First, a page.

Hope to catch up with you guys again...

Thursday, May 17, 2018

Surprise from the Kingpin

This morning I received a surprise email from Joe Grand (aka Kingpin) giving me a brief update of his encounters at the recent Teardown 2018 event in Portland, Oregon his hometown. He ran into his friend John McMaster and decided to pose for a selfie with my book, PCB-RE: Tools & Techniques which, incidentally they're both contributors too:


Now that's totally awesome!

Joe also gave away copies of the book to Bunnie Huang who has a long history of hacking and reverse engineering products, as well as Sean Cross 'xobs' of Studio Ko-Usagi. And both of them 'happen' to reside in the same island-state as me too!

Things are really heating up in the PCB-RE community, just like the weather in Singapore...

Monday, May 14, 2018

Teardown: Portland 2018

The annual Teardown Convention was held in Portland, Oregon this year and had just ended. It is an event where hackers, hobbyists and designers converged and share their ideas, discoveries and inventions through talks conducted in various rooms equipped with the necessary AV equipment:


Portland, Oregon is the hometown of Joe Grand the kingpin so it's no surprise he graced the event with his presence and presentation. What aroused my interest, however, was a talk given by Jeremy Hong, a cool young dude from Wright State University who runs his own business. In his first talk at the convention, he actually recommended my book PCB-RE: Tools & Techniques to the audience:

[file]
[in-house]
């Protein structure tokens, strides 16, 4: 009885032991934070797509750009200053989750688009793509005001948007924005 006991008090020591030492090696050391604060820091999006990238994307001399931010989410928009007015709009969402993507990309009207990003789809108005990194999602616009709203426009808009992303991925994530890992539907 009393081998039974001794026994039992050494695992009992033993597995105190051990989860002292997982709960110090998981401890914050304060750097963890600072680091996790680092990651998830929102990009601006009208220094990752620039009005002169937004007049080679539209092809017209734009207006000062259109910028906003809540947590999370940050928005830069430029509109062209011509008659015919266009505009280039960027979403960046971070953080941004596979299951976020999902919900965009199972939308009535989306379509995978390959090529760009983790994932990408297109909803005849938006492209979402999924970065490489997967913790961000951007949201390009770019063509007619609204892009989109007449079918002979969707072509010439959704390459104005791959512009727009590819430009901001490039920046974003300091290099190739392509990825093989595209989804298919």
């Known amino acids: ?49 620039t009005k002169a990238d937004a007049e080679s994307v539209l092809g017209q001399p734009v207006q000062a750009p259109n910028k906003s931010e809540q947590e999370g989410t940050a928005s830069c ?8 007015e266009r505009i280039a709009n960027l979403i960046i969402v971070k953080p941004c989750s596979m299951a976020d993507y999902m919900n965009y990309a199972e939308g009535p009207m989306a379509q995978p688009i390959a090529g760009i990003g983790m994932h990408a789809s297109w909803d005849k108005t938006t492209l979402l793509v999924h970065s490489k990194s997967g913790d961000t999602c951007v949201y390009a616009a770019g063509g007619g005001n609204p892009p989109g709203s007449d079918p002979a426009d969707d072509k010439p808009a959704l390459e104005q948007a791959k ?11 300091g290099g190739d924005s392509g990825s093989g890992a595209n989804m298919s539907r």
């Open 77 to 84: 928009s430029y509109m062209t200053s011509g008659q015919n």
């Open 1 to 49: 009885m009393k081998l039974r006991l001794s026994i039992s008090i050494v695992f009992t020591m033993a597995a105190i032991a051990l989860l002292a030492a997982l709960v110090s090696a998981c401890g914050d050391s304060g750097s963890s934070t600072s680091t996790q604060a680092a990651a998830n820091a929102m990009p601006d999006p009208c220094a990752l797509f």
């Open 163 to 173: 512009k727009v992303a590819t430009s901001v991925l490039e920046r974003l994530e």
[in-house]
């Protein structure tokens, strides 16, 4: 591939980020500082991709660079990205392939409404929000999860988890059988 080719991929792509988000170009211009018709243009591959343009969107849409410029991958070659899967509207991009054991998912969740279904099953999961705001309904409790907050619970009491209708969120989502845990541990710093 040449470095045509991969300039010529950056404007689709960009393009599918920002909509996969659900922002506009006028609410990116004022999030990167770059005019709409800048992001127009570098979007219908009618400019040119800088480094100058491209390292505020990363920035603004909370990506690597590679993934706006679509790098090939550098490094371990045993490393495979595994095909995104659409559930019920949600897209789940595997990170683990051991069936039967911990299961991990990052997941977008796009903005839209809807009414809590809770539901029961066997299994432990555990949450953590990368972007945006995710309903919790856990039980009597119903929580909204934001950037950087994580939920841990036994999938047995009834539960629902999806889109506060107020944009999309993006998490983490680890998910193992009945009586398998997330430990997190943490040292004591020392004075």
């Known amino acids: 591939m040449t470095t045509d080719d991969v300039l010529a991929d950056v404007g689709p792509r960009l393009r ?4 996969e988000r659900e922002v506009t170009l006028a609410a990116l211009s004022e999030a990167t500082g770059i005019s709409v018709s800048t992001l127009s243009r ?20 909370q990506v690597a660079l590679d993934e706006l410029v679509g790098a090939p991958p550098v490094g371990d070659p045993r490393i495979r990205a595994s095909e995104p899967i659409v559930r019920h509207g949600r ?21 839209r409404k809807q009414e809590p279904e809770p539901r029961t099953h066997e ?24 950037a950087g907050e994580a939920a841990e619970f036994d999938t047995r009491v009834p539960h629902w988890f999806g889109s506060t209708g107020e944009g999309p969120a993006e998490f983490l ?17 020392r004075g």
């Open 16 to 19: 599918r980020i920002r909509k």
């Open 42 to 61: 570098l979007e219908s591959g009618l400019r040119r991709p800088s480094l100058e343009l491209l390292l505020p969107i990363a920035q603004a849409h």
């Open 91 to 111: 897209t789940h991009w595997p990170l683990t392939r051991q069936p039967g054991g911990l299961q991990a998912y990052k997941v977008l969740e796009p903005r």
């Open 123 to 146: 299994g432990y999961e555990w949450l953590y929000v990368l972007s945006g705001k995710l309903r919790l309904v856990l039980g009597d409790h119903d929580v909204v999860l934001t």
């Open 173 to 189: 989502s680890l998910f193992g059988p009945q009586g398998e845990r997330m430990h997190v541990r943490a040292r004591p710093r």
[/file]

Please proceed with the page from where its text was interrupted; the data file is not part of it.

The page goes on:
How cool can that be? In appreciation, I tweeted him:
Thanks, Jeremy, for recommending my book at your Crowd Supply Teardown talk. I owe you a big one! ;)
to which he replied:
No problem! It’s an excellent book and it really needs to get out there.
Since he's also into PCB reverse engineering, I asked if he's interested to write a chapter for my third book, and I got more than what I bargained for:
Definitely! It is an honor. I think I may have a few people in mind (that may be able to contribute to the book as well...)
Well, looks like there is hope for the trilogy book after all...

Thursday, May 10, 2018

Trilogy On Hold...

To update my readers: I've completed chapter one of the third book titled How It All Started. Below is a two-page sample:


However, I will not be putting any more time into this book because of the disappointing response to my invitations. In other words, work on this book is now put on hold indefinitely, until I can find the desired number of contributors to share their PCB-RE experiences.

There are other non-engineering books I had in mind which I've been putting off for quite a while. I think it's about time I focus on them instead.

Friday, May 4, 2018

Korean Extravaganza!

Well, not exactly spectacular but the thought of having my book being listed in a Korean blog as a textbook for the PCB-RE subject is reason enough to dance with joy. Here's the follow-up to my previous post:


Seems that my Korean reader has also bought the sequel book, PCB-RE: Tools & Techniques, and given his review on his blog (translated by Google and paraphrased for readability):
There is a lot of content related to the practical work that can be used as teaching material this time. I have not gone through the book, but it's similar to what I'm currently teaching. It is a fact that information related to this field is rare. I am really grateful to the authors for publishing this book on the PCB-RE subject. We will do our best to promote the practice of this niche skillset in Korea.

The reader is even kind enough to provide a link to my blog, and advised his readers to read the book if ever they buy it. As they'll say in Korea, "Kamsahamnida!" That's 'thank you' if you're wondering...